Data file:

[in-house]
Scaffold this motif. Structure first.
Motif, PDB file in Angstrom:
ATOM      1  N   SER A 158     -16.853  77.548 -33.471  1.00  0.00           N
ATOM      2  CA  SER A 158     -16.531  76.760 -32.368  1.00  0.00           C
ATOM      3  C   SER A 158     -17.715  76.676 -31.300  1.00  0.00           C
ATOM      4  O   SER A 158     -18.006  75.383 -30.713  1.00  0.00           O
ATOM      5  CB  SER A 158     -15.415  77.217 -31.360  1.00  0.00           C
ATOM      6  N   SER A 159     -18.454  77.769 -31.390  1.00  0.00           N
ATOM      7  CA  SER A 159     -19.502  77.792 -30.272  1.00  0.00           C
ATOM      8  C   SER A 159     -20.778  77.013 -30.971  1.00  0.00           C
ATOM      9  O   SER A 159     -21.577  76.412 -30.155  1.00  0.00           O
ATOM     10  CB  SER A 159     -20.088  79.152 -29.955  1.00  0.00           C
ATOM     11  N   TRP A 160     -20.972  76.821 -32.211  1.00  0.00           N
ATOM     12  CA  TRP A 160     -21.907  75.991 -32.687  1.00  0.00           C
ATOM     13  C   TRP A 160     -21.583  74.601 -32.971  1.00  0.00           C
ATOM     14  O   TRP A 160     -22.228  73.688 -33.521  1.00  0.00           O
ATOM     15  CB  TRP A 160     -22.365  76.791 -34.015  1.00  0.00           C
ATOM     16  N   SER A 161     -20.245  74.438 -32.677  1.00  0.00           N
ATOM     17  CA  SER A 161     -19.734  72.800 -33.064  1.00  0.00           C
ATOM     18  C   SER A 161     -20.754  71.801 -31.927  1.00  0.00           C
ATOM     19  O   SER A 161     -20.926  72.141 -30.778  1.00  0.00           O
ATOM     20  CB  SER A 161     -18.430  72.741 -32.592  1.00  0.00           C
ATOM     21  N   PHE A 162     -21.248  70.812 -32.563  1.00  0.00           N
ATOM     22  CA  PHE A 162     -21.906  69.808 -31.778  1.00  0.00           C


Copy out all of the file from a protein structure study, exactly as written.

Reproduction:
[in-house]
Scaffold this motif. Structure first.
Motif, PDB file in Angstrom:
ATOM      1  N   SER A 158     -16.853  77.548 -33.471  1.00  0.00           N
ATOM      2  CA  SER A 158     -16.531  76.760 -32.368  1.00  0.00           C
ATOM      3  C   SER A 158     -17.715  76.676 -31.300  1.00  0.00           C
ATOM      4  O   SER A 158     -18.006  75.383 -30.713  1.00  0.00           O
ATOM      5  CB  SER A 158     -15.415  77.217 -31.360  1.00  0.00           C
ATOM      6  N   SER A 159     -18.454  77.769 -31.390  1.00  0.00           N
ATOM      7  CA  SER A 159     -19.502  77.792 -30.272  1.00  0.00           C
ATOM      8  C   SER A 159     -20.778  77.013 -30.971  1.00  0.00           C
ATOM      9  O   SER A 159     -21.577  76.412 -30.155  1.00  0.00           O
ATOM     10  CB  SER A 159     -20.088  79.152 -29.955  1.00  0.00           C
ATOM     11  N   TRP A 160     -20.972  76.821 -32.211  1.00  0.00           N
ATOM     12  CA  TRP A 160     -21.907  75.991 -32.687  1.00  0.00           C
ATOM     13  C   TRP A 160     -21.583  74.601 -32.971  1.00  0.00           C
ATOM     14  O   TRP A 160     -22.228  73.688 -33.521  1.00  0.00           O
ATOM     15  CB  TRP A 160     -22.365  76.791 -34.015  1.00  0.00           C
ATOM     16  N   SER A 161     -20.245  74.438 -32.677  1.00  0.00           N
ATOM     17  CA  SER A 161     -19.734  72.800 -33.064  1.00  0.00           C
ATOM     18  C   SER A 161     -20.754  71.801 -31.927  1.00  0.00           C
ATOM     19  O   SER A 161     -20.926  72.141 -30.778  1.00  0.00           O
ATOM     20  CB  SER A 161     -18.430  72.741 -32.592  1.00  0.00           C
ATOM     21  N   PHE A 162     -21.248  70.812 -32.563  1.00  0.00           N
ATOM     22  CA  PHE A 162     -21.906  69.808 -31.778  1.00  0.00           C